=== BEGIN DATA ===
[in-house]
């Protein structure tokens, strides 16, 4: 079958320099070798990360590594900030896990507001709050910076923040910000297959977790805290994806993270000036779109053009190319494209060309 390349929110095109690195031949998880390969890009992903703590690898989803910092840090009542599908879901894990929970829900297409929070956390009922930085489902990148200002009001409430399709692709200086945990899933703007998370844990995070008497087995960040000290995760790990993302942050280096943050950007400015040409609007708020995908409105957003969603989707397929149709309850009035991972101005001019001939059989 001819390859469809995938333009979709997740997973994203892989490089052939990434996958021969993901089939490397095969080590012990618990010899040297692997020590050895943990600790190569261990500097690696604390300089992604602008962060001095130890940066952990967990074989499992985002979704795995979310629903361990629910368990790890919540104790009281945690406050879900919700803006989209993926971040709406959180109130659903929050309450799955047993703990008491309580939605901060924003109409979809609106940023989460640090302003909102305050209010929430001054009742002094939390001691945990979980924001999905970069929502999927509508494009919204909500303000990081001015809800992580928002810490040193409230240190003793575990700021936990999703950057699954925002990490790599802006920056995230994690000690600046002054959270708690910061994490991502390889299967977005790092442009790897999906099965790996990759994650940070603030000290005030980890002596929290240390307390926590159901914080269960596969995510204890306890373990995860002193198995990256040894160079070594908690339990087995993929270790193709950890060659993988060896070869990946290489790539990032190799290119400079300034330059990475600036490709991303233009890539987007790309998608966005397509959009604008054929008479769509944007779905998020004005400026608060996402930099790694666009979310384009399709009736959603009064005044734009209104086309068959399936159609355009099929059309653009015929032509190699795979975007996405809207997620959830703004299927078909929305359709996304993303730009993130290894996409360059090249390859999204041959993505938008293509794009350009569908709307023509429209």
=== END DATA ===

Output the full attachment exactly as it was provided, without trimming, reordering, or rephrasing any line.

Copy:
[in-house]
């Protein structure tokens, strides 16, 4: 079958320099070798990360590594900030896990507001709050910076923040910000297959977790805290994806993270000036779109053009190319494209060309 390349929110095109690195031949998880390969890009992903703590690898989803910092840090009542599908879901894990929970829900297409929070956390009922930085489902990148200002009001409430399709692709200086945990899933703007998370844990995070008497087995960040000290995760790990993302942050280096943050950007400015040409609007708020995908409105957003969603989707397929149709309850009035991972101005001019001939059989 001819390859469809995938333009979709997740997973994203892989490089052939990434996958021969993901089939490397095969080590012990618990010899040297692997020590050895943990600790190569261990500097690696604390300089992604602008962060001095130890940066952990967990074989499992985002979704795995979310629903361990629910368990790890919540104790009281945690406050879900919700803006989209993926971040709406959180109130659903929050309450799955047993703990008491309580939605901060924003109409979809609106940023989460640090302003909102305050209010929430001054009742002094939390001691945990979980924001999905970069929502999927509508494009919204909500303000990081001015809800992580928002810490040193409230240190003793575990700021936990999703950057699954925002990490790599802006920056995230994690000690600046002054959270708690910061994490991502390889299967977005790092442009790897999906099965790996990759994650940070603030000290005030980890002596929290240390307390926590159901914080269960596969995510204890306890373990995860002193198995990256040894160079070594908690339990087995993929270790193709950890060659993988060896070869990946290489790539990032190799290119400079300034330059990475600036490709991303233009890539987007790309998608966005397509959009604008054929008479769509944007779905998020004005400026608060996402930099790694666009979310384009399709009736959603009064005044734009209104086309068959399936159609355009099929059309653009015929032509190699795979975007996405809207997620959830703004299927078909929305359709996304993303730009993130290894996409360059090249390859999204041959993505938008293509794009350009569908709307023509429209």